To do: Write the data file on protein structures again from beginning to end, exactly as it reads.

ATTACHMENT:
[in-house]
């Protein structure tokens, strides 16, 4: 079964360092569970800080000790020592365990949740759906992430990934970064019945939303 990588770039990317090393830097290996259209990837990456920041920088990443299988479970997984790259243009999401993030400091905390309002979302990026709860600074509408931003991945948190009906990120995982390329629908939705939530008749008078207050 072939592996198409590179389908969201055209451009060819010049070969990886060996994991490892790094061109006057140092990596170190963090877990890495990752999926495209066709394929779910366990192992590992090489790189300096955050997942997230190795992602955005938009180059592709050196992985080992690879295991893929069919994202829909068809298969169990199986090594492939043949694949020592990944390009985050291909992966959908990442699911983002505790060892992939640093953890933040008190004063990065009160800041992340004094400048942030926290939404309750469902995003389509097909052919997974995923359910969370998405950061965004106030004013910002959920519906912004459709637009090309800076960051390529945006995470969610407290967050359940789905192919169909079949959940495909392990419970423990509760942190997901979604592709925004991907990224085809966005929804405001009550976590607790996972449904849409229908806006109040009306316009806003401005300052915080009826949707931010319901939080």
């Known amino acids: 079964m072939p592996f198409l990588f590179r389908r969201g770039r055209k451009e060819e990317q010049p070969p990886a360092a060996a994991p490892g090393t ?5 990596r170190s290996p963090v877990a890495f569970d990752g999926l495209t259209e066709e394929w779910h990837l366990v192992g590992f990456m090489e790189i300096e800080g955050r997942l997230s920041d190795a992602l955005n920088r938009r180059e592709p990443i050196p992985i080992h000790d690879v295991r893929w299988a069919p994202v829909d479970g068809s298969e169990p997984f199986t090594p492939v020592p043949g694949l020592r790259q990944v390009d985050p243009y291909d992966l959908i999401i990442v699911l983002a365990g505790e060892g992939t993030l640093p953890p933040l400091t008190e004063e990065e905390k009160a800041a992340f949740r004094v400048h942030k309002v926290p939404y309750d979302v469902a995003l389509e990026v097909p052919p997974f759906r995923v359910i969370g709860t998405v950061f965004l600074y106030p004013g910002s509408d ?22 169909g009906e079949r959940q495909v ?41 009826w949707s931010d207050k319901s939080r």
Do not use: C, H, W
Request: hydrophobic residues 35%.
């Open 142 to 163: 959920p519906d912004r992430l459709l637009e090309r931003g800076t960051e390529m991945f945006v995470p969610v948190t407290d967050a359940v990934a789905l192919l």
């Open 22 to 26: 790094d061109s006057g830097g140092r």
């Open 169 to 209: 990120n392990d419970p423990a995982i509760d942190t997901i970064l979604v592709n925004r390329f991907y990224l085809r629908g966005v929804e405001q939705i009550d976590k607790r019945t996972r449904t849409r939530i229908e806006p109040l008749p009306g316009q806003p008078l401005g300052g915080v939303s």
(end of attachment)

[in-house]
């Protein structure tokens, strides 16, 4: 079964360092569970800080000790020592365990949740759906992430990934970064019945939303 990588770039990317090393830097290996259209990837990456920041920088990443299988479970997984790259243009999401993030400091905390309002979302990026709860600074509408931003991945948190009906990120995982390329629908939705939530008749008078207050 072939592996198409590179389908969201055209451009060819010049070969990886060996994991490892790094061109006057140092990596170190963090877990890495990752999926495209066709394929779910366990192992590992090489790189300096955050997942997230190795992602955005938009180059592709050196992985080992690879295991893929069919994202829909068809298969169990199986090594492939043949694949020592990944390009985050291909992966959908990442699911983002505790060892992939640093953890933040008190004063990065009160800041992340004094400048942030926290939404309750469902995003389509097909052919997974995923359910969370998405950061965004106030004013910002959920519906912004459709637009090309800076960051390529945006995470969610407290967050359940789905192919169909079949959940495909392990419970423990509760942190997901979604592709925004991907990224085809966005929804405001009550976590607790996972449904849409229908806006109040009306316009806003401005300052915080009826949707931010319901939080």
């Known amino acids: 079964m072939p592996f198409l990588f590179r389908r969201g770039r055209k451009e060819e990317q010049p070969p990886a360092a060996a994991p490892g090393t ?5 990596r170190s290996p963090v877990a890495f569970d990752g999926l495209t259209e066709e394929w779910h990837l366990v192992g590992f990456m090489e790189i300096e800080g955050r997942l997230s920041d190795a992602l955005n920088r938009r180059e592709p990443i050196p992985i080992h000790d690879v295991r893929w299988a069919p994202v829909d479970g068809s298969e169990p997984f199986t090594p492939v020592p043949g694949l020592r790259q990944v390009d985050p243009y291909d992966l959908i999401i990442v699911l983002a365990g505790e060892g992939t993030l640093p953890p933040l400091t008190e004063e990065e905390k009160a800041a992340f949740r004094v400048h942030k309002v926290p939404y309750d979302v469902a995003l389509e990026v097909p052919p997974f759906r995923v359910i969370g709860t998405v950061f965004l600074y106030p004013g910002s509408d ?22 169909g009906e079949r959940q495909v ?41 009826w949707s931010d207050k319901s939080r």
Do not use: C, H, W
Request: hydrophobic residues 35%.
């Open 142 to 163: 959920p519906d912004r992430l459709l637009e090309r931003g800076t960051e390529m991945f945006v995470p969610v948190t407290d967050a359940v990934a789905l192919l």
């Open 22 to 26: 790094d061109s006057g830097g140092r």
């Open 169 to 209: 990120n392990d419970p423990a995982i509760d942190t997901i970064l979604v592709n925004r390329f991907y990224l085809r629908g966005v929804e405001q939705i009550d976590k607790r019945t996972r449904t849409r939530i229908e806006p109040l008749p009306g316009q806003p008078l401005g300052g915080v939303s």